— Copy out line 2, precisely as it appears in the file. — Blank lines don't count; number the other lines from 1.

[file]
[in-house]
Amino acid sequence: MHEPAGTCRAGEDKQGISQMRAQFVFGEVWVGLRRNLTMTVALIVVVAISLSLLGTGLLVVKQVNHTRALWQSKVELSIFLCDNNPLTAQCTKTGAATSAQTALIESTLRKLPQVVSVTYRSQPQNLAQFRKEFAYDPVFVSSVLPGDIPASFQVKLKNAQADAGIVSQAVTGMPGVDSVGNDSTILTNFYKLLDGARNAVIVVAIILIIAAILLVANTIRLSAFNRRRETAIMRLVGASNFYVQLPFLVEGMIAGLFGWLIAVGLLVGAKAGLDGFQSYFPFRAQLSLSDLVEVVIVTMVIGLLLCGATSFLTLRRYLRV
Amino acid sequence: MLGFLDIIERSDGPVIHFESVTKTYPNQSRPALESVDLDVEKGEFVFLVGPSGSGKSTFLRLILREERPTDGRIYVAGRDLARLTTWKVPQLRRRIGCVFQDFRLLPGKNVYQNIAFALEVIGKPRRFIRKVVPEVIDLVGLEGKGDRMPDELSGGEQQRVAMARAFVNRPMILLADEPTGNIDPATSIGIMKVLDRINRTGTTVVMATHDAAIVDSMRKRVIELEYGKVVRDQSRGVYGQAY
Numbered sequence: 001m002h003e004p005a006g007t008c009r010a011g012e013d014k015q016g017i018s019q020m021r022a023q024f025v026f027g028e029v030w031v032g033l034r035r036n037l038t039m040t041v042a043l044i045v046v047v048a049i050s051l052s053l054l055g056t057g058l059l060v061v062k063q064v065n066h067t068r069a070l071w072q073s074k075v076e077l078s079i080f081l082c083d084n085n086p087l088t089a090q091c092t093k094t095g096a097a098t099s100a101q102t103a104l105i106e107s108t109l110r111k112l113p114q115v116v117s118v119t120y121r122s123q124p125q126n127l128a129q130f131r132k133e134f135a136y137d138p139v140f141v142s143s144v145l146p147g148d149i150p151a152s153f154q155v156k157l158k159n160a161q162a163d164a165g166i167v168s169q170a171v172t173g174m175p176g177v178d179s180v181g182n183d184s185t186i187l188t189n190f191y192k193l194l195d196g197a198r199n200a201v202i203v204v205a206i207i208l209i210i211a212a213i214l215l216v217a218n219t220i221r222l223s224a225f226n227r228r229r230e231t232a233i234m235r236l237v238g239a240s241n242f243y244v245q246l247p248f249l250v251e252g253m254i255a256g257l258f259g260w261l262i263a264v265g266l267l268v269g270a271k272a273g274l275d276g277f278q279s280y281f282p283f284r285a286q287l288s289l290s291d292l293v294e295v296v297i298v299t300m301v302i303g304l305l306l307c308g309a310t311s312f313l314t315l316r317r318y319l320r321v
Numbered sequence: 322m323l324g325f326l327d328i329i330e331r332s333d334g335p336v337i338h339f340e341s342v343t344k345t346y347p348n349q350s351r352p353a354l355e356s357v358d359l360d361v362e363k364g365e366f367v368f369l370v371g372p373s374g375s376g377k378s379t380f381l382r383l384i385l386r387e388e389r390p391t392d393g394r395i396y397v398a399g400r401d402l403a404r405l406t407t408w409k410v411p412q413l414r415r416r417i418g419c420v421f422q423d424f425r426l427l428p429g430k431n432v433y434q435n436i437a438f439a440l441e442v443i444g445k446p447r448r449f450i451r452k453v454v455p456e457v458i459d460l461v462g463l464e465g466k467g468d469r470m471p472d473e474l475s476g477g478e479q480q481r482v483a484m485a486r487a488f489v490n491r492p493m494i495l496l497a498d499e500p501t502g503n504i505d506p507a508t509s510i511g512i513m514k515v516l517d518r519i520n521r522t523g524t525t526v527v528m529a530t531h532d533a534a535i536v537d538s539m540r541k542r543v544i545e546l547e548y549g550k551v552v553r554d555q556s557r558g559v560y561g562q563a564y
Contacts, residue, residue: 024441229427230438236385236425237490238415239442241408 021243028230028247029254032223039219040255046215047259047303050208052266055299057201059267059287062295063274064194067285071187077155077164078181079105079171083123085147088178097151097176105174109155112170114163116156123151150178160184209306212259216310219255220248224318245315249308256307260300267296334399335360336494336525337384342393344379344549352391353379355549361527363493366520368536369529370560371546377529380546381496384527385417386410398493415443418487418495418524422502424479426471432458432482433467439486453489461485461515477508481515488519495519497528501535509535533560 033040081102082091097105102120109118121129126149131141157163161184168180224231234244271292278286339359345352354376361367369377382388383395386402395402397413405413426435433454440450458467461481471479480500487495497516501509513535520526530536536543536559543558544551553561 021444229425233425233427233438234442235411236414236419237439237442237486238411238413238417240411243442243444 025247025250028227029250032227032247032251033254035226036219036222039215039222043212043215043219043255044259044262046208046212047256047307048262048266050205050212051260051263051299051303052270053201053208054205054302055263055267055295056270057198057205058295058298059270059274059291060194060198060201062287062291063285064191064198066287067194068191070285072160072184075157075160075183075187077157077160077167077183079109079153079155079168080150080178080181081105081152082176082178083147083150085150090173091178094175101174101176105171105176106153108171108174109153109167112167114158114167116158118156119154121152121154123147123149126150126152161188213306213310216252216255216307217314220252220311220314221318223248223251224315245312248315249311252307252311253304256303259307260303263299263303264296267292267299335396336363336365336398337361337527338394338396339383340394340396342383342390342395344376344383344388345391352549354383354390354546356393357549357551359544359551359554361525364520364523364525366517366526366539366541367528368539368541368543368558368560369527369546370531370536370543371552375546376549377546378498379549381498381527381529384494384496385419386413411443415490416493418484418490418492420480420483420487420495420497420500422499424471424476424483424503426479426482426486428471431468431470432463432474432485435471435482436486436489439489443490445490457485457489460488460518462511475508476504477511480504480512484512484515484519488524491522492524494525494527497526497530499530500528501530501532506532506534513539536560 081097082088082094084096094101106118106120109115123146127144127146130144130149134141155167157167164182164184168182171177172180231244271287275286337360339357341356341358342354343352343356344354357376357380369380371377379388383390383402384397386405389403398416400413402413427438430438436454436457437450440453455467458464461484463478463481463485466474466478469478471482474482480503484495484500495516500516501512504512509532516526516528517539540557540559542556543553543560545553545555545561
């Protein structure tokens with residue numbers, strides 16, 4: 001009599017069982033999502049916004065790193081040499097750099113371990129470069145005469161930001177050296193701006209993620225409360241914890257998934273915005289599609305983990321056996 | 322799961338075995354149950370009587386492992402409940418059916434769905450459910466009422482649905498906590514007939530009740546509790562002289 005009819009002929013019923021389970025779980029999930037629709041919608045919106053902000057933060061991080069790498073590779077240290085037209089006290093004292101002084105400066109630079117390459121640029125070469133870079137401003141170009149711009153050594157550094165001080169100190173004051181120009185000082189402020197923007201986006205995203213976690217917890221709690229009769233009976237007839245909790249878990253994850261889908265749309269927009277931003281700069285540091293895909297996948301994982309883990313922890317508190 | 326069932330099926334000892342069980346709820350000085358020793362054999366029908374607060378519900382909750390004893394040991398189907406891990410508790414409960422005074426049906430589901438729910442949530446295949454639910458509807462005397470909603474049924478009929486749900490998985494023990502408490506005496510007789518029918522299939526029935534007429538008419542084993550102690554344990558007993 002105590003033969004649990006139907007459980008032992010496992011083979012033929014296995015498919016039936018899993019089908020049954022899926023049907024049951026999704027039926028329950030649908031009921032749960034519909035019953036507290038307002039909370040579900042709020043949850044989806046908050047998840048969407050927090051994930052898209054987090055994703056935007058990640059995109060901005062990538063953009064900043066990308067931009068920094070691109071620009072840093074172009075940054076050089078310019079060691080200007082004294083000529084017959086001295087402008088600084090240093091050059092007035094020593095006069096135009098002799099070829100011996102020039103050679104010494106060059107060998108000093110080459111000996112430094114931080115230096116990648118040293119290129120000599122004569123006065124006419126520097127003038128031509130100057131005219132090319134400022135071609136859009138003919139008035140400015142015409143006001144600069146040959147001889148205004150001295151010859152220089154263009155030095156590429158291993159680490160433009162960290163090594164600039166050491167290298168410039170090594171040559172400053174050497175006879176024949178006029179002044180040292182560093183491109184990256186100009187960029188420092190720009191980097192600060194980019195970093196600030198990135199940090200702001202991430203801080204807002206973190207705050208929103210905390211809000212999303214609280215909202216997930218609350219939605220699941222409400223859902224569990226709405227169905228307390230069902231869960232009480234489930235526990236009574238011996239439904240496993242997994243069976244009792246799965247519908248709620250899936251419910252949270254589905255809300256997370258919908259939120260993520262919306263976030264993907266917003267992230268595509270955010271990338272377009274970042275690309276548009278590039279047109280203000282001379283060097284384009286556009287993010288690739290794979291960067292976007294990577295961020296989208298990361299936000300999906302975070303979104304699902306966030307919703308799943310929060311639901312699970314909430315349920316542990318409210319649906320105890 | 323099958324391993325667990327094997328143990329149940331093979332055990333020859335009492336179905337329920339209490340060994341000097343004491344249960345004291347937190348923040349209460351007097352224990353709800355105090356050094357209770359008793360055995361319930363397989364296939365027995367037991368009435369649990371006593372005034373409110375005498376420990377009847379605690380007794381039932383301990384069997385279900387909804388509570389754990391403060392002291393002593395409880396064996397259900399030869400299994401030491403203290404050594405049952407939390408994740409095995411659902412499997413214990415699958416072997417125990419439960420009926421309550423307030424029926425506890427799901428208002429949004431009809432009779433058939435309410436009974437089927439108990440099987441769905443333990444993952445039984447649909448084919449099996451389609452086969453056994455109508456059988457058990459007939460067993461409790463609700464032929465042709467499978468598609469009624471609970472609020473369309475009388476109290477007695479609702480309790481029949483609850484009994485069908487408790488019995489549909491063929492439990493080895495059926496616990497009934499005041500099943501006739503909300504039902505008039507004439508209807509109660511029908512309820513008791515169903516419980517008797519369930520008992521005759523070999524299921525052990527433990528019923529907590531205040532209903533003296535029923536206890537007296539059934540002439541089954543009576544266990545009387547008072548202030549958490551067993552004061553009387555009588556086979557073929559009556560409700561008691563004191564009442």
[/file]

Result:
Amino acid sequence: MHEPAGTCRAGEDKQGISQMRAQFVFGEVWVGLRRNLTMTVALIVVVAISLSLLGTGLLVVKQVNHTRALWQSKVELSIFLCDNNPLTAQCTKTGAATSAQTALIESTLRKLPQVVSVTYRSQPQNLAQFRKEFAYDPVFVSSVLPGDIPASFQVKLKNAQADAGIVSQAVTGMPGVDSVGNDSTILTNFYKLLDGARNAVIVVAIILIIAAILLVANTIRLSAFNRRRETAIMRLVGASNFYVQLPFLVEGMIAGLFGWLIAVGLLVGAKAGLDGFQSYFPFRAQLSLSDLVEVVIVTMVIGLLLCGATSFLTLRRYLRV